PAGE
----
I was listening to National Public Radio recently. Lucy Kellaway, a columnist for the Financial Times was poking fun at management jargon. The topic of her witty ranting on this particular day was the company mission statement. You know what she’s talking about – those mission statements that are a string of words like “value” and “service,” without actually saying anything distinctive about the company. Sometimes the mission may look OK . . . until you start to think about it. Then you realize it doesn’t really mean anything. Case in point: Years ago, Dilbert creator, Scott Adams, went under cover at Logitech, and actually got a team of executives to agree on this mission statement for their new division: “The New Ventures Mission is to scout profitable growth opportunities in relationships, both internally and externally, in emerging, mission inclusive markets, and explore new paradigms and then filter and communicate and evangelize the findings.” Really? How does this help anyone – “internally or externally” – understand why this division exists?

How A Great Mission Statement Influences People and Profits

When done right, a mission statement is a manifesto that guides the actions and decision-making of the organization, spells out its goals, provides a path and states the shared purpose and belief. It not only embodies what the company cares about, it also gives reasons for the stakeholders to care about the company. In a sea of forgettable mission statements, I came across one that hits the mark. Take a look below at the mission for Holstee’s, a New York-based company, which sells eco-friendly clothing and accessories. This small company rose from obscurity last year after this statement went viral:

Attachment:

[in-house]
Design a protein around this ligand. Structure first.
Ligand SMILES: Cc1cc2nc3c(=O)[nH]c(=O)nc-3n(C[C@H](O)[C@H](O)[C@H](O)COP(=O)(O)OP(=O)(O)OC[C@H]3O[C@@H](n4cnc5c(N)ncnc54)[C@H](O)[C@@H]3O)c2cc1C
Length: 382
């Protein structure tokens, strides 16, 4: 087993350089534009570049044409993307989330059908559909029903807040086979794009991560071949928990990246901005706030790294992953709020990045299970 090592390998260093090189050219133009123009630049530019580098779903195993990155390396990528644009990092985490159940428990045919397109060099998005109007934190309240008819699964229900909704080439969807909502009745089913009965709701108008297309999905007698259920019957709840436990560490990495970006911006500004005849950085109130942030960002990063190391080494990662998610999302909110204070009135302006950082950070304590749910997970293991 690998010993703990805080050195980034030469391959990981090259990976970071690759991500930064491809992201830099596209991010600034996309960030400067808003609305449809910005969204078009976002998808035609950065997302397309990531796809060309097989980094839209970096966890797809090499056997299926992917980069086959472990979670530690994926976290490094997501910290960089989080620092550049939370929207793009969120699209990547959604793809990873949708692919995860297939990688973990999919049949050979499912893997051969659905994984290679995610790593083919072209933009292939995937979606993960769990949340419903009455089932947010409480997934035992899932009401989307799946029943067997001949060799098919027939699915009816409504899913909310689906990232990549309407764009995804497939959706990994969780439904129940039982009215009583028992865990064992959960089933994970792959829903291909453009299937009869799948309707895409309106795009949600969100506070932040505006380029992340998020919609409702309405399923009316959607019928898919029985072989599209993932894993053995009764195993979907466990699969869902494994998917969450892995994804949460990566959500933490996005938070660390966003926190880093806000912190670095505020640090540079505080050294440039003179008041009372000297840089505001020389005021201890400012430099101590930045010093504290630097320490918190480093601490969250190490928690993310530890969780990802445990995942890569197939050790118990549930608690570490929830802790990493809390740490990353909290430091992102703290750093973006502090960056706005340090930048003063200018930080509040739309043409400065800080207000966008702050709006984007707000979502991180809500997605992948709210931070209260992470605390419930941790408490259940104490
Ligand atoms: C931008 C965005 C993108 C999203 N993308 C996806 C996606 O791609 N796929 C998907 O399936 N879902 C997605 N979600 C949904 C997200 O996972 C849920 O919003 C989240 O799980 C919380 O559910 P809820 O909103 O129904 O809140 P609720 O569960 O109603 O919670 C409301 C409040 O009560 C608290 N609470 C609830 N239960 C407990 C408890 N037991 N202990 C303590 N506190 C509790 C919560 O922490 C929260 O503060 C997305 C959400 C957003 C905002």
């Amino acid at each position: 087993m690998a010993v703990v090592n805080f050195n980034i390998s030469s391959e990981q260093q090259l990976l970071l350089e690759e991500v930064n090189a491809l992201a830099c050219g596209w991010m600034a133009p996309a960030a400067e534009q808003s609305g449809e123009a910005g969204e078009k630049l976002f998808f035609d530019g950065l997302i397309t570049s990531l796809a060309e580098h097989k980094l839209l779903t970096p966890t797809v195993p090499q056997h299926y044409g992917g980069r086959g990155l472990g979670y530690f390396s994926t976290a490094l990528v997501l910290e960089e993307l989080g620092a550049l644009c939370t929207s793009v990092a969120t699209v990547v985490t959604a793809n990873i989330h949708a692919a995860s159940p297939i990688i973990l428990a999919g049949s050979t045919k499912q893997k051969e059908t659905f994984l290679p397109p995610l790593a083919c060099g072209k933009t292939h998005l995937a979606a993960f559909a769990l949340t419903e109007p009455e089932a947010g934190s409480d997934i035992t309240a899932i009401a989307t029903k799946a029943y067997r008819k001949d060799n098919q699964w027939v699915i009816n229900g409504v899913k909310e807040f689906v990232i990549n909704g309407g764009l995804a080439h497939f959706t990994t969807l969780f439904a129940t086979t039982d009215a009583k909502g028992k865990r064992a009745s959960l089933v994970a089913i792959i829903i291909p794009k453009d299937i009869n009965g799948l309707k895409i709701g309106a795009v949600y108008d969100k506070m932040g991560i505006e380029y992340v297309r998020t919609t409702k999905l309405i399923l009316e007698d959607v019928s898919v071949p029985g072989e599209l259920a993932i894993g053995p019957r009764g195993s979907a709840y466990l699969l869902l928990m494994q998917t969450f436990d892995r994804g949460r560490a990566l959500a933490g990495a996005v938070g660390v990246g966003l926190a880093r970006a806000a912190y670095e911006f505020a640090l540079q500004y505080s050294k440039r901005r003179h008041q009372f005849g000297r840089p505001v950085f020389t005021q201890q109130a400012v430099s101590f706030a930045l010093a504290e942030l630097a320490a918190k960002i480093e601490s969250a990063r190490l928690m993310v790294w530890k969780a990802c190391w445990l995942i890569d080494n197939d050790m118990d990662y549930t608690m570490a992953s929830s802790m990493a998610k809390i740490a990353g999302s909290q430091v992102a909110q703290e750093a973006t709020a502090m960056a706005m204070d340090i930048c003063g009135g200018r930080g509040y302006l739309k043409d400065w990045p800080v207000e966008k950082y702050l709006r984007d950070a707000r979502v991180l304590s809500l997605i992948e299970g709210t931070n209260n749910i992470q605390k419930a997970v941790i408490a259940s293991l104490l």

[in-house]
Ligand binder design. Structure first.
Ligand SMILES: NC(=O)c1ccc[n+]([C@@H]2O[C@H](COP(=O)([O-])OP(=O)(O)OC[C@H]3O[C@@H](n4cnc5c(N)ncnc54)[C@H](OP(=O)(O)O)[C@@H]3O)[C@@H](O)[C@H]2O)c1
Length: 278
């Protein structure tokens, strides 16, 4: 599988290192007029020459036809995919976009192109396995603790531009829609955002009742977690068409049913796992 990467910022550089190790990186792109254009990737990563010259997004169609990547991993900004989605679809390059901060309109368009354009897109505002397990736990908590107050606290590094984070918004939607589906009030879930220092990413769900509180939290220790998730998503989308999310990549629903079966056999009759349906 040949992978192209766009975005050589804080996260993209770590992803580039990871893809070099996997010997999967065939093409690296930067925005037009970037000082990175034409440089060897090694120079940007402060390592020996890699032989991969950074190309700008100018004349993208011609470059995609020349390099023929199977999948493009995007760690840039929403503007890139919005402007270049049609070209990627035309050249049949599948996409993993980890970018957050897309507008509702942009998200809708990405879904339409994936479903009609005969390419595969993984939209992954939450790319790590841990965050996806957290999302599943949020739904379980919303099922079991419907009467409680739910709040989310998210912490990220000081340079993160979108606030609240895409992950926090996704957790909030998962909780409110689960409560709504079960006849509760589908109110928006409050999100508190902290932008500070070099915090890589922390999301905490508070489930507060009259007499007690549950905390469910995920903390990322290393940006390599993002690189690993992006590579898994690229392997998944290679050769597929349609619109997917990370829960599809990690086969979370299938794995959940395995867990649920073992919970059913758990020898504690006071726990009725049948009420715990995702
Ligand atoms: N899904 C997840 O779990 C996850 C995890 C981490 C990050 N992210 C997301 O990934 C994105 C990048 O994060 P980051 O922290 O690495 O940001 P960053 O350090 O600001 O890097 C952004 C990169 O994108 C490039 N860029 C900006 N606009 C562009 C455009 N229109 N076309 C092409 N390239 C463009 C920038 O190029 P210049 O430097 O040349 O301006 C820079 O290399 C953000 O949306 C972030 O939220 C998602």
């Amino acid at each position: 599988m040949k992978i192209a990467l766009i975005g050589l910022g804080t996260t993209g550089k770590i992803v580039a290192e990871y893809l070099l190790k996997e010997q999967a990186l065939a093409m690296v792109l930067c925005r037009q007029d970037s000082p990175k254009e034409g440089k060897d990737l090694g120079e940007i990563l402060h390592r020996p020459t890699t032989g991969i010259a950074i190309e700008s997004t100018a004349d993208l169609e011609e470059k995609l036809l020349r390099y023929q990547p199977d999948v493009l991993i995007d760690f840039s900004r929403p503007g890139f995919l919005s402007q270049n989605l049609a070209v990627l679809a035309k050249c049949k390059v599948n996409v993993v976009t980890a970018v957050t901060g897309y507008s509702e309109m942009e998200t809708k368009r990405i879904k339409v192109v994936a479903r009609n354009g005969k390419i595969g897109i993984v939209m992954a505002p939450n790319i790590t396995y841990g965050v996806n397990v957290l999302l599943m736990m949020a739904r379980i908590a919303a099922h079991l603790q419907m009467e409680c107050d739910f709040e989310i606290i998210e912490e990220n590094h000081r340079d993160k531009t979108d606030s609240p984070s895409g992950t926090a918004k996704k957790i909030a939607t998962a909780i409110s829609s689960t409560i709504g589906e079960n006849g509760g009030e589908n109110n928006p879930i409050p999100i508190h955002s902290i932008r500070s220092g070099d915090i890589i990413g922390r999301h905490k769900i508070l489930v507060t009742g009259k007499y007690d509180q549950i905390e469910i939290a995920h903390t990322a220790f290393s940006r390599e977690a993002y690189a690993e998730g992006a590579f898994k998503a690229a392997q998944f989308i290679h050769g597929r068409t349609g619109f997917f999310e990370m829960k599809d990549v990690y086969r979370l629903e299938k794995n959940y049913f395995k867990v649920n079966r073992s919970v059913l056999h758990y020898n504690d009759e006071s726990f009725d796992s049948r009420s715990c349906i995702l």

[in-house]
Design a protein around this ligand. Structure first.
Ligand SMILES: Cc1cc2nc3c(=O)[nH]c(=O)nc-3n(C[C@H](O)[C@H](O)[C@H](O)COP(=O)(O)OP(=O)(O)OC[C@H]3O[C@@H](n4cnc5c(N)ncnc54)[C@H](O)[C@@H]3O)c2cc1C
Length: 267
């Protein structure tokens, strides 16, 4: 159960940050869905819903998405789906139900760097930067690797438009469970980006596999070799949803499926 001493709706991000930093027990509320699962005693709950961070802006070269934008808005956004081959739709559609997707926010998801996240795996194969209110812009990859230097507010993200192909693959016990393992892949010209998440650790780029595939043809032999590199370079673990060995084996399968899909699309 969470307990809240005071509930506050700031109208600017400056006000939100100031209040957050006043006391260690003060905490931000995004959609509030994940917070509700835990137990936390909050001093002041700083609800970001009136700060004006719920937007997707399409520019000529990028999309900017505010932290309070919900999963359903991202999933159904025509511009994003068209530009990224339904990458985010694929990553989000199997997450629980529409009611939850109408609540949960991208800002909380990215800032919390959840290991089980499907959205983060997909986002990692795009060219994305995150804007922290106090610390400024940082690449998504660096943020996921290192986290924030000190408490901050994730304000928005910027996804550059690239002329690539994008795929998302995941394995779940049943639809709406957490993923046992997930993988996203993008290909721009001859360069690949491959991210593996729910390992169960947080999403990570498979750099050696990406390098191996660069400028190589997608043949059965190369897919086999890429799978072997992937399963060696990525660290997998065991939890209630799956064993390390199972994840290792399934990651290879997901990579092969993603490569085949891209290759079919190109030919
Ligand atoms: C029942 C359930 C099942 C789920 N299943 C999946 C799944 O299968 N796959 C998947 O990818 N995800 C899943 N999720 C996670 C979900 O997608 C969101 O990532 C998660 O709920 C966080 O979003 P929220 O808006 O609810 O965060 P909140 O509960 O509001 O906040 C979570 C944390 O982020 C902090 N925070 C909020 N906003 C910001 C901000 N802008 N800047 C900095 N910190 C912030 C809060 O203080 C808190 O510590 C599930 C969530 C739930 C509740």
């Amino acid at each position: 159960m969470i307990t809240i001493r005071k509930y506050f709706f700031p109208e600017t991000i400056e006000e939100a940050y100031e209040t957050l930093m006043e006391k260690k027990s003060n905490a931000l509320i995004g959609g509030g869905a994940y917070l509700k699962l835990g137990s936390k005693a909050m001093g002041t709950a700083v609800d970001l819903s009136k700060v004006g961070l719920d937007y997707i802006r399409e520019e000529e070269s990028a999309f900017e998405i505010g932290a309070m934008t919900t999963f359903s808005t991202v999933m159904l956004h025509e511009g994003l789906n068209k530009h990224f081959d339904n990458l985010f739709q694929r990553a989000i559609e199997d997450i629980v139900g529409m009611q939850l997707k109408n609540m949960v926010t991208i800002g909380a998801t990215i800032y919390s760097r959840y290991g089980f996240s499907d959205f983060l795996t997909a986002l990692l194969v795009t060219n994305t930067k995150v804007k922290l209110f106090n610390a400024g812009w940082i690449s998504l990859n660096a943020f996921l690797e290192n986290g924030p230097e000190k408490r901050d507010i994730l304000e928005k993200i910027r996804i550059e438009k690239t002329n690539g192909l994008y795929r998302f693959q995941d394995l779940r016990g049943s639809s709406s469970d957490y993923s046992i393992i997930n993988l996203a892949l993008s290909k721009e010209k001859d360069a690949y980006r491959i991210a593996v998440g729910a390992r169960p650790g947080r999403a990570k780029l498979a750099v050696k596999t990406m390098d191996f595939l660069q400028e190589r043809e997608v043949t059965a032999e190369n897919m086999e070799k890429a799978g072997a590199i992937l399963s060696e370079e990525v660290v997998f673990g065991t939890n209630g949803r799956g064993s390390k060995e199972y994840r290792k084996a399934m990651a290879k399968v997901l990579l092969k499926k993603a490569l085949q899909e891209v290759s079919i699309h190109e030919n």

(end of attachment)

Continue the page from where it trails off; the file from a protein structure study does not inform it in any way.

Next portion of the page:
This is your life. Do what you love, and do it often. If you don’t like something, change it. If you don’t like your job, quit. If you don’t have enough time, stop watching TV. If you are looking for the love of your life, stop. They will be waiting for you when you start doing things you love. Stop over analyzing. All emotions are beautiful. When you eat, appreciate every last bite. Life is simple. Open your mind, arms, and heart to new things and people. We are united in our differences. Ask the next person you see what their passion is and share your inspiring dream with them. Travel often: getting lost will help you find yourself. Some opportunities only come once, seize them. Life is about the people you meet, and the things you create with them so go out and start creating. Live your dream and share your passion. Life is short.

This mission statement resonated so strongly with people around the globe, that it became the most effective marketing for the company . . . and the best-selling product! That’s right, the company got so many requests for their mission statement that they made it into a poster (on recyclable paper, of course) and it’s a top seller. Just proves that a powerful mission statement goes beyond influencing people to influencing profits.